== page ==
There were an estimated half-dozen individual altercations on the court, and eventually some Chinese onlookers joined the fracas, including one wielding a stanchion. As the brawl spilled beyond the baseline, an unidentified Bayi player pushed Georgetown’s Aaron Bowen through a partition to the ground before repeatedly punching the sophomore guard while sitting on his chest.
Georgetown senior center Henry Sims had a chair tossed at him by an unidentified person, and freshman forward Moses Ayegba, who was wearing a brace on his right leg, limped onto the court with a chair in his right hand. According to Georgetown officials, Ayegba had been struck, prompting him to grab a chair in self-defense.
The brawl occurred one night after Vice President Biden, who is in Beijing on a four-day visit to discuss U.S.-Chinese economic relations, attended a Georgetown game against another Chinese club at the Olympic Sports Center. That game, which was won by Georgetown, passed without incident.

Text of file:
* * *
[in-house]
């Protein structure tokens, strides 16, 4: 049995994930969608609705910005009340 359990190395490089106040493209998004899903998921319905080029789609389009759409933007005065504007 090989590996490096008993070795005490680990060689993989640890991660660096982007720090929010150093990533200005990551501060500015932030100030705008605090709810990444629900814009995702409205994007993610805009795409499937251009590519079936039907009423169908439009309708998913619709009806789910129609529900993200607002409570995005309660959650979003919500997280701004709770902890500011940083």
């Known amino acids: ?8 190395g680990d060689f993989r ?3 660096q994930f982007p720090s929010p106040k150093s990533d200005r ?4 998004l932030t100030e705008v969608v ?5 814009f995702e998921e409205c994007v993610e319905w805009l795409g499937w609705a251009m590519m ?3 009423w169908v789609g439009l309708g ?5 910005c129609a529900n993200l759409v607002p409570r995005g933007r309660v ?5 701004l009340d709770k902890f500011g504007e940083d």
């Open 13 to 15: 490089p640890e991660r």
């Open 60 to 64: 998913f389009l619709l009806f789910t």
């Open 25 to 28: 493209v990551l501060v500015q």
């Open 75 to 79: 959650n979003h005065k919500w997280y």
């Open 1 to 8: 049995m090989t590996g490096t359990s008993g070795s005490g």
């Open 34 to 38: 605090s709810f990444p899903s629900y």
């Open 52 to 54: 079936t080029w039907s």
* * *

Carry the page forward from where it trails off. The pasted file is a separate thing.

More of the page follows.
The turbulent ending to Thursday night’s contest marred what had been billed as the second game of a two-day “China-U.S. Basketball Friendship Match” in Beijing. Georgetown intended for the team’s 10-day trip to China to be an athletic, cultural and educational exchange designed to promote the school internationally.
It was unclear whether the brawl would affect similar ventures in the future. The Georgetown delegation, which included university President John DeGioia, other school officials and prominent alumni and boosters, was scheduled to fly to Shanghai on Friday. Thompson said the team would continue with the remainder of its itinerary.
A State Department official and a Chinese Embassy spokesman in Washington both called the melee “unfortunate.”
“We look to these types of exchanges to promote good sportsmanship and strengthen our people-to-people contact with China,” said the U.S. official, who was not authorized to speak for attribution.
“We believe the organizers of the matches and the two teams will address the issue properly, the sportsmanship and people-to-people friendship the matches are meant to represent will prevail,” said the Chinese spokesman, Wang Baodong, in an e-mail.
Xinhua News Agency, China’s official news service, did not have an immediate account of the game, and although other prominent Chinese Web sites such as 163.com and sina.com posted stories, government censors shortly thereafter took them down.